Vlaams Audiovisueel Fonds : Home Improve Your Focus by Understanding Focus Modes » Expert Photography Important Introduction Understanding focus modes is key to getting the photo that you want in a hurry – it’s the difference between the photo being in focus and out of focus. You’ve probably struggled to focus in the past and not been entirely sure why it just won’t lock on exactly what you want it to, but don’t fear, this post will tell you everything you need to make sure you never lose focus again. One Shot / AF-S This is the simplest of all of the focus modes and it does exactly what it says on the tin – it focuses for one shot. AI Servo / AF-C This is often referred to as continuous focus because it will focus when you partially depress the shutter, but will monitor movement in the frame and make any necessary adjustments in focus between the shots, without the need for removing your finger from the shutter button. buy cialis online #039;ll find that the camera will continually try to focus. AI Focus / AF-A zp8497586rq

Magazine | Archive | Seven Subjects You Shouldn’t Photograph Seven Subjects You Shouldn’t Photograph Photography (Or Should You?) Barbara Probst Exposure #86: N.Y.C., Central Park, Wollman Skating Rink, 03.01.11, 6:36 am, 2011, ultrachrome ink on cotton paper, diptych, each 96 × 53 cm. Courtesy: the artist and Murray Guy, New York According to one Mrs. This struck me as a brilliant way to structure a radio programme. My professor came from the older school of straight black and white photography – his heroes and mentors were Lee Friedlander, John Szarkowski and Garry Winogrand. Inspired by Koenig, I wanted to see if there were exceptions to these conservative rules. 1 Don’t photograph Central Park This rule, like the one banning Chinatown, was designed to weed out kitsch or postcard imagery specific to New York. For Barbara Probst, who took these images of an ice skater in the Park’s skating rink, ‘New York is like a three-dimensional postcard [...] Annie Ling, Untitled from the series ‘81 Bowery’, 2010, archival pigment print, dimensions variable.

Ele é o melhor fotógrafo de água do mundo, e essas 13 imagens assombrosas mostram o por quê À primeira vista, estas fotografias parecem iminentes montanhas em um universo escuro encontrado em um romance de Tolkien. Mas olhe de novo: Estas imagens são realmente ondas do mar, capturados em seu ponto máximo. É quase assustador ver o quão poderosas elas parecem. Considerado por muitos o melhor fotógrafo de água do mundo, Ray Collins é o homem por trás dessas imagens surpreendentes, que parecem capturar o momento mais crucial da onda, pouco antes dela quebrar e afundar de volta na água. As fotos abaixo são do site de Collins. Lucas Lucas tem 20 anos, é de São Paulo/SP, e dono do site e página Mistérios do Mundo. Night Sky Photography Tips | Night Photography Tips Star Trails Due to the Earth’s rotation about its axis, it seems that the light from stars moves in circles around the celestial pole. These movements are detectable after about 5 to 10 minutes, and can be traced by your camera in the form of a streak. Find the Right Location The best place to view and photograph the night sky is in the rural countryside because cities have artificial lights which cause a phenomenon known as light pollution. Use Long Shutter Speeds When photographing the night sky with a long exposure, exposures of 15 minutes or longer will show the rotation of the Earth. Auroras and Polar Lights Photographing the atmospheric phenomenon of aurora borealis is a challenge for photographers. Cloudy Skies As the light begins to fall, look at the cloudy skies. Recommended Settings Metering after dark can be a problem, so make sure you choose the best option for your particular situation. Recommended Equipment Conclusion You might also like:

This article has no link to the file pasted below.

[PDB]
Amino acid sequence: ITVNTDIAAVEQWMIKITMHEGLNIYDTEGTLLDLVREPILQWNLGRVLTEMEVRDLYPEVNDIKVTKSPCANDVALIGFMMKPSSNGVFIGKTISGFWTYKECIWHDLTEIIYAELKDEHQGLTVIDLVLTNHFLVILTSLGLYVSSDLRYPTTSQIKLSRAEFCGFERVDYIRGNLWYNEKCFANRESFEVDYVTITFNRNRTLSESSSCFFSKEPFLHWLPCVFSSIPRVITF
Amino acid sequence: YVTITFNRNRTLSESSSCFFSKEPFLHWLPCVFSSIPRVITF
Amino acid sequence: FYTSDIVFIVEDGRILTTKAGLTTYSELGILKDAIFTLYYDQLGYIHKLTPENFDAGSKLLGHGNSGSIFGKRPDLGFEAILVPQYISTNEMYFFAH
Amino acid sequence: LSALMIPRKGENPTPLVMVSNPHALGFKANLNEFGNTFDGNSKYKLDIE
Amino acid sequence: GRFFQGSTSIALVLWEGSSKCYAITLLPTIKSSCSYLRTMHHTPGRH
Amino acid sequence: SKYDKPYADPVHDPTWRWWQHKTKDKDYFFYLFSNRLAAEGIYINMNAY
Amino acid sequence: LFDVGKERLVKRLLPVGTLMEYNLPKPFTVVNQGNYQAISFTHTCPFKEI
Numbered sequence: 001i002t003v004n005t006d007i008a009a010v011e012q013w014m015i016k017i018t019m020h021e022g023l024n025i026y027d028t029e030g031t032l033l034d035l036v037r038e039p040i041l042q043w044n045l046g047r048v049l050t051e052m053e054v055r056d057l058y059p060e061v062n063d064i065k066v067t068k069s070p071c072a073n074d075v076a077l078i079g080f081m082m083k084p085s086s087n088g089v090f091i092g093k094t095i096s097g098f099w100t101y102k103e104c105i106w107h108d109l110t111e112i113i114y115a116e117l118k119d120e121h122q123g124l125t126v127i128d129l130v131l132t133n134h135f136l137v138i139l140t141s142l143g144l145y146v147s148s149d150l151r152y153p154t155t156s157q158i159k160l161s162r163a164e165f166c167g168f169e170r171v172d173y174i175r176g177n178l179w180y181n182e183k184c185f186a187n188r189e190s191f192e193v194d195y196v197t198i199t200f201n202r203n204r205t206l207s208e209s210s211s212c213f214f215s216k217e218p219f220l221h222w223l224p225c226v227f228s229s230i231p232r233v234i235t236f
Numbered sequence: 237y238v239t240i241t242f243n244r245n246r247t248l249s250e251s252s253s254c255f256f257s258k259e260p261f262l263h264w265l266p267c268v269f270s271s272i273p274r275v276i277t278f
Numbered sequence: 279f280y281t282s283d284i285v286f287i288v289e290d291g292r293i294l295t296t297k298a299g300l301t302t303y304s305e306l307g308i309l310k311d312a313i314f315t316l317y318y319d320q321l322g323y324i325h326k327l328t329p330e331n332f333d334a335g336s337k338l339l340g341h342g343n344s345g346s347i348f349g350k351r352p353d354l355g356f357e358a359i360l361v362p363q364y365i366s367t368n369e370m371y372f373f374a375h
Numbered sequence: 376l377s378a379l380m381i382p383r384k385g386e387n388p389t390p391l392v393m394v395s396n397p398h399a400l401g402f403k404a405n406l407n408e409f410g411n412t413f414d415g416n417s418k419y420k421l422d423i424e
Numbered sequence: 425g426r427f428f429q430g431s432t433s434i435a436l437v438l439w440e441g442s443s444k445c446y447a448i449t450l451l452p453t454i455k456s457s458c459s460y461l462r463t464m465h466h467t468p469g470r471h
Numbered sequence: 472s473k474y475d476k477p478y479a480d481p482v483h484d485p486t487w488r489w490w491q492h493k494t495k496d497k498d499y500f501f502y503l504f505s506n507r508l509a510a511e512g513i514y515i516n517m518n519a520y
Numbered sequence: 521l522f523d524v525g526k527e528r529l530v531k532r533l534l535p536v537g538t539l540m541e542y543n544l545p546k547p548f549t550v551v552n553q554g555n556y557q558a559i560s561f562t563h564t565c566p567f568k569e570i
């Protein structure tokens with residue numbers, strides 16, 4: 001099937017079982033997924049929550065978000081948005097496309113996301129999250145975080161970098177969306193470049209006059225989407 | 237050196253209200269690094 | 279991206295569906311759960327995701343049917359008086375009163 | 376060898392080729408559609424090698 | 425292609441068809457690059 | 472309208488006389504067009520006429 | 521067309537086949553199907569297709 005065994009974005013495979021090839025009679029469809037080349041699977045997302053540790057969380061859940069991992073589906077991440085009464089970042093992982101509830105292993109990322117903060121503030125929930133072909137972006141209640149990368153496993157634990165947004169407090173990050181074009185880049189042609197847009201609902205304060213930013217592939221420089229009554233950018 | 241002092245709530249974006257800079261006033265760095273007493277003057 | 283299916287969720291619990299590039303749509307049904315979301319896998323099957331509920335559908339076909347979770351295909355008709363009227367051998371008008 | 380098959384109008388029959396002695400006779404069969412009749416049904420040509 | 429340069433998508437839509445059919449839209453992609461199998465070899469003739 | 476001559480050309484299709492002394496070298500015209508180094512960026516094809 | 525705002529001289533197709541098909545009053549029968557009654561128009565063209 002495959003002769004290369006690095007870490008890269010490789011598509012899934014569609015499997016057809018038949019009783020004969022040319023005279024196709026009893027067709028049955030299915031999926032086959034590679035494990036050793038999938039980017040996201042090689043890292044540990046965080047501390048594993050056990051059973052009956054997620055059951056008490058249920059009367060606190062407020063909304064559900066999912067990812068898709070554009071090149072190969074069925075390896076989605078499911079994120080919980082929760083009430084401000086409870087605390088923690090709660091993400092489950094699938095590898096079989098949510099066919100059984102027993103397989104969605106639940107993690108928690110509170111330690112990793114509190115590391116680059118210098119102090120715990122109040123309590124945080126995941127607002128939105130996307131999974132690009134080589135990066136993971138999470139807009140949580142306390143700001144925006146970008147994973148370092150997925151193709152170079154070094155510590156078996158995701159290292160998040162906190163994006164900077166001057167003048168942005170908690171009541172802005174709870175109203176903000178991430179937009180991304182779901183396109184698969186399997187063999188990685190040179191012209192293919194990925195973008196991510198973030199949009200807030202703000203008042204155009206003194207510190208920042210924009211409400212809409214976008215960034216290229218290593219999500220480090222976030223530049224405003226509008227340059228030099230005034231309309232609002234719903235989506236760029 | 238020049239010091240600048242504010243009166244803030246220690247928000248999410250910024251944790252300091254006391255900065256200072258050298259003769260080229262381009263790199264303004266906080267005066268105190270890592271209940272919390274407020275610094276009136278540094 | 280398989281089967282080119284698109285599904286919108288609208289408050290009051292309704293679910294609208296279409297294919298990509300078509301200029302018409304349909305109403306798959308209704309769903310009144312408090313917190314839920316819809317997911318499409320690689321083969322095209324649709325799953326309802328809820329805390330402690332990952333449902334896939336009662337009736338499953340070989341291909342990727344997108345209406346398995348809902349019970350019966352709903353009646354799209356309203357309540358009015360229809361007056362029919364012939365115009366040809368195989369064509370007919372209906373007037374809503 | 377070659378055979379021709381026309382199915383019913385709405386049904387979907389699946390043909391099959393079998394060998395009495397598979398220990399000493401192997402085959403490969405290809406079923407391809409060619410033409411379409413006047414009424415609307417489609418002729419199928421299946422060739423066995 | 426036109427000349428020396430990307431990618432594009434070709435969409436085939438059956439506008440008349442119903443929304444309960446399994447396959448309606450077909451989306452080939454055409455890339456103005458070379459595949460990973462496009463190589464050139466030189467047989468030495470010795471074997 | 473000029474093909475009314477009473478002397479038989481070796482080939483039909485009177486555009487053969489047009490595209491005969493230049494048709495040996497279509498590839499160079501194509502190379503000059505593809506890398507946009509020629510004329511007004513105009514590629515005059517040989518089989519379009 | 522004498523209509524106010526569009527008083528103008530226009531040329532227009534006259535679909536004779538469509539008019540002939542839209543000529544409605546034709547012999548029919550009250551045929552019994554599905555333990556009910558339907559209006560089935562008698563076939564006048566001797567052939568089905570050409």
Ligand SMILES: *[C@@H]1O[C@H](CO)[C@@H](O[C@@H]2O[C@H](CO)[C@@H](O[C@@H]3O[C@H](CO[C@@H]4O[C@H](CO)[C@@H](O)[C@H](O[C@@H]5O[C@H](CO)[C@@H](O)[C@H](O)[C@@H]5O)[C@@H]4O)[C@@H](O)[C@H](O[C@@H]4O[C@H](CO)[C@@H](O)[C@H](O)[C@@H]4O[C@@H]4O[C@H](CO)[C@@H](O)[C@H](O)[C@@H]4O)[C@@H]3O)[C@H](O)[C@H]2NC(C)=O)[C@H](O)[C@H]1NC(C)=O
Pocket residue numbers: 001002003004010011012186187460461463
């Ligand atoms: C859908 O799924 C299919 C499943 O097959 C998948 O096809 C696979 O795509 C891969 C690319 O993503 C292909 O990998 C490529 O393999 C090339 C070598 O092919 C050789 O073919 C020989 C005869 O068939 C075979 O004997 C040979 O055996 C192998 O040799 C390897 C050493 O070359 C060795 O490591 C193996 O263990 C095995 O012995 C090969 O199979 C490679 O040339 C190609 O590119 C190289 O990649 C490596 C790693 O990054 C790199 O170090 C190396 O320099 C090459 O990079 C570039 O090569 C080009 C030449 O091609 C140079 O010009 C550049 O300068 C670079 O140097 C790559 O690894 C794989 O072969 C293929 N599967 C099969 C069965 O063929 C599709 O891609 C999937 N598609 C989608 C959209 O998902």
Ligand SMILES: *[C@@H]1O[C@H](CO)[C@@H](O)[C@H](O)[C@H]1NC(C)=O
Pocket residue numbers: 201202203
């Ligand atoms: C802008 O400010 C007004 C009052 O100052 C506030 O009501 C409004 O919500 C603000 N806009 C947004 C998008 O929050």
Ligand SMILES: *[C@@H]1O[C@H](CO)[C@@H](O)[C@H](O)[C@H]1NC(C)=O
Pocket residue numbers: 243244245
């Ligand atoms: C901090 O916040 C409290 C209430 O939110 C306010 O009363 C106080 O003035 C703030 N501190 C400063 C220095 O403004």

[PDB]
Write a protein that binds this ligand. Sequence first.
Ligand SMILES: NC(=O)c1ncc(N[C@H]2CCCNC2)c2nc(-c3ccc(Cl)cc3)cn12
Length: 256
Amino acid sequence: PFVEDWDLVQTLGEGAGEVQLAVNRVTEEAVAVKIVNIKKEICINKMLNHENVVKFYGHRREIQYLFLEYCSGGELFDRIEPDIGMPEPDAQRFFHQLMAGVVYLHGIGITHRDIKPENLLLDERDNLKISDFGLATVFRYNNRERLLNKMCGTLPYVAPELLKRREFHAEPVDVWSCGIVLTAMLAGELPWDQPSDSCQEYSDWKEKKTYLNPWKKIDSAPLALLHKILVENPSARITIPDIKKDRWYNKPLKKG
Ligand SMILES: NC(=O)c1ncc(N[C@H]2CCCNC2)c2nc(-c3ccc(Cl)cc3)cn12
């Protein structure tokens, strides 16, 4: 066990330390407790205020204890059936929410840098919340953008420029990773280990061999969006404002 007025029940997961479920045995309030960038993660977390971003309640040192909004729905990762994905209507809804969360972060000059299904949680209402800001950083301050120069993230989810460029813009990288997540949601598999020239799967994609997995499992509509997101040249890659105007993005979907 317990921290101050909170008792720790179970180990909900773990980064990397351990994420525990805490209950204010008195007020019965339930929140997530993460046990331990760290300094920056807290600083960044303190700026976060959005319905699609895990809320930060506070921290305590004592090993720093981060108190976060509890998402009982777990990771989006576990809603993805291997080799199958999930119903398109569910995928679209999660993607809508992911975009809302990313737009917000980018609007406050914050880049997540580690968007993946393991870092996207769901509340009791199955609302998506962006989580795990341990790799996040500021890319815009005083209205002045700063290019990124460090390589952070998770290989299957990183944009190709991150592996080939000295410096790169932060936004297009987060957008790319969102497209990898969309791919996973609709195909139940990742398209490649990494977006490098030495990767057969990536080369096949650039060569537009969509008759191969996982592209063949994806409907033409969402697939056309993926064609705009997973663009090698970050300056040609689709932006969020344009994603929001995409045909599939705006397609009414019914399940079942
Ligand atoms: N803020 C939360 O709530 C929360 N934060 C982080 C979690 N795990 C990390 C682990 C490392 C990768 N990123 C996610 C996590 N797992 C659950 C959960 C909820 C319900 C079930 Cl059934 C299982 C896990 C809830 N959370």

The Phoblographer — Photography: Think Simpler Software Gratuito de edição de Imagens da Autodesk - Por Dentro da Autodesk Brasil Você sabia que a Autodesk tem um software gratuito para edição de imagens? Tem sim, e dos bons! É o Pixlr Express! Agora vou contar um segredinho. Não fiz esse post porque sou funcionária da empresa, mas porque eu uso esse aplicativo o tempo todo. Mas agora vem a melhor parte da minha confissão: sou péssima com recursos tecnológicos (sou de humanas, né). Você pode baixar no seu celular ou usar via desktop mesmo. Com ele você pode não apenas melhorar as imagens, cortar, girar, colocar efeitos, escrever e outros recursos que a gente adora Vamos fazer assim: prometo em breve um post com um tutorialzinho de recursos do PIXLR, ok? Aguardem!

24 Haunting & Abandoned Places That Will Give You Goose Bumps 50 Flares Twitter 21 Facebook 0 Google+ 4 Pin It Share 25 Email -- 50 Flares × They say that the only permanent thing in the world is change. History books are one way to understand the passage of time, but there are also some real-life monuments that speak of the past in their own ways. While some of these monuments are well taken care of and protected, those that are partially or even completely run-down often are the most interesting. Here’s a selection of some of the most ghostly abandoned places around the world, every single one of which has its own special charm. Beneath all the dust, rust and cracks, there are stories of people who used to live, pray, or take their daily train rides there, and when you try to imagine these people and their lives, each picture gets a special aura of nostalgia. On the other hand, it’s also fascinating to see how some things that used to belong to people are slowly being reclaimed by nature again. Don’t these pictures just give you goose bumps? 1.